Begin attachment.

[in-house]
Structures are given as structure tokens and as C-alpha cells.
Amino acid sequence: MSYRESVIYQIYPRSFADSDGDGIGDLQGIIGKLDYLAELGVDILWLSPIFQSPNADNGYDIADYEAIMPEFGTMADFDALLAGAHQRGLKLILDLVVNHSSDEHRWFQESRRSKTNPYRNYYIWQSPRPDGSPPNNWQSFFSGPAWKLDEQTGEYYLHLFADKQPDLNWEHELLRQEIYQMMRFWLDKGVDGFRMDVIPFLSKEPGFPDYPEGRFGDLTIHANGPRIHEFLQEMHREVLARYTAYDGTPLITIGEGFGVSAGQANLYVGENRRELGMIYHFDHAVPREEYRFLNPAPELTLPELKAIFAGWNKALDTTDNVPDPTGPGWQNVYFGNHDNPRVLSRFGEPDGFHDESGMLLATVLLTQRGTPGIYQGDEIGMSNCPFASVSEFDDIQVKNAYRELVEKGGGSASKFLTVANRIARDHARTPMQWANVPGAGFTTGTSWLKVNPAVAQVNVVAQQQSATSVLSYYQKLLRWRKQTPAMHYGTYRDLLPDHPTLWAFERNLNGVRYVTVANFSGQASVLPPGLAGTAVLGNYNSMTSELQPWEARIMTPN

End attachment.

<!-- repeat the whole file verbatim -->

[in-house]
Structures are given as structure tokens and as C-alpha cells.
Amino acid sequence: MSYRESVIYQIYPRSFADSDGDGIGDLQGIIGKLDYLAELGVDILWLSPIFQSPNADNGYDIADYEAIMPEFGTMADFDALLAGAHQRGLKLILDLVVNHSSDEHRWFQESRRSKTNPYRNYYIWQSPRPDGSPPNNWQSFFSGPAWKLDEQTGEYYLHLFADKQPDLNWEHELLRQEIYQMMRFWLDKGVDGFRMDVIPFLSKEPGFPDYPEGRFGDLTIHANGPRIHEFLQEMHREVLARYTAYDGTPLITIGEGFGVSAGQANLYVGENRRELGMIYHFDHAVPREEYRFLNPAPELTLPELKAIFAGWNKALDTTDNVPDPTGPGWQNVYFGNHDNPRVLSRFGEPDGFHDESGMLLATVLLTQRGTPGIYQGDEIGMSNCPFASVSEFDDIQVKNAYRELVEKGGGSASKFLTVANRIARDHARTPMQWANVPGAGFTTGTSWLKVNPAVAQVNVVAQQQSATSVLSYYQKLLRWRKQTPAMHYGTYRDLLPDHPTLWAFERNLNGVRYVTVANFSGQASVLPPGLAGTAVLGNYNSMTSELQPWEARIMTPN